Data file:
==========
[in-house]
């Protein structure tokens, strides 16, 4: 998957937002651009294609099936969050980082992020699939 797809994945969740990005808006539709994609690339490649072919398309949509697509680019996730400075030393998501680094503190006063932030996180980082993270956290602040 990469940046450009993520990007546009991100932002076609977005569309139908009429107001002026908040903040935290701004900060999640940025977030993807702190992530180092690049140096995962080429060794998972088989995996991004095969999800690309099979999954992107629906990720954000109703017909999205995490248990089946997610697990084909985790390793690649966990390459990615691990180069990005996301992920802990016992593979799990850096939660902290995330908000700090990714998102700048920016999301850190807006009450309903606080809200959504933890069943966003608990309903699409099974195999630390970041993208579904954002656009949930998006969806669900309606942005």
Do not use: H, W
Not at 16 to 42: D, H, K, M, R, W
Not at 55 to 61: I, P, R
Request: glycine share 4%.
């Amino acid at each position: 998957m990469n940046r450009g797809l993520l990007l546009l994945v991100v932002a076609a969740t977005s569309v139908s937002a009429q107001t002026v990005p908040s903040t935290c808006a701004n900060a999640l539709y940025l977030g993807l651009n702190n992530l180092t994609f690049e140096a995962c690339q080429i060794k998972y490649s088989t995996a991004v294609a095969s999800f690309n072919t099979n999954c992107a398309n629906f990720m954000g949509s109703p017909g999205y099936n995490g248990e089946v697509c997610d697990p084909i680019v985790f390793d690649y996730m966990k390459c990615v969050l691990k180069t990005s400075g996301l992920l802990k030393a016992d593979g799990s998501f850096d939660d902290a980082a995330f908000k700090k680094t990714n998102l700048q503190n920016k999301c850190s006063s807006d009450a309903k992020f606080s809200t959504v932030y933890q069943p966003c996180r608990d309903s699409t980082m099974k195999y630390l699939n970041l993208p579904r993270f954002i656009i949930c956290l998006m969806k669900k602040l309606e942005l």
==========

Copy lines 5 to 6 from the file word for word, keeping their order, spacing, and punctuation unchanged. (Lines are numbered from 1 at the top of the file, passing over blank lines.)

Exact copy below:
Not at 55 to 61: I, P, R
Request: glycine share 4%.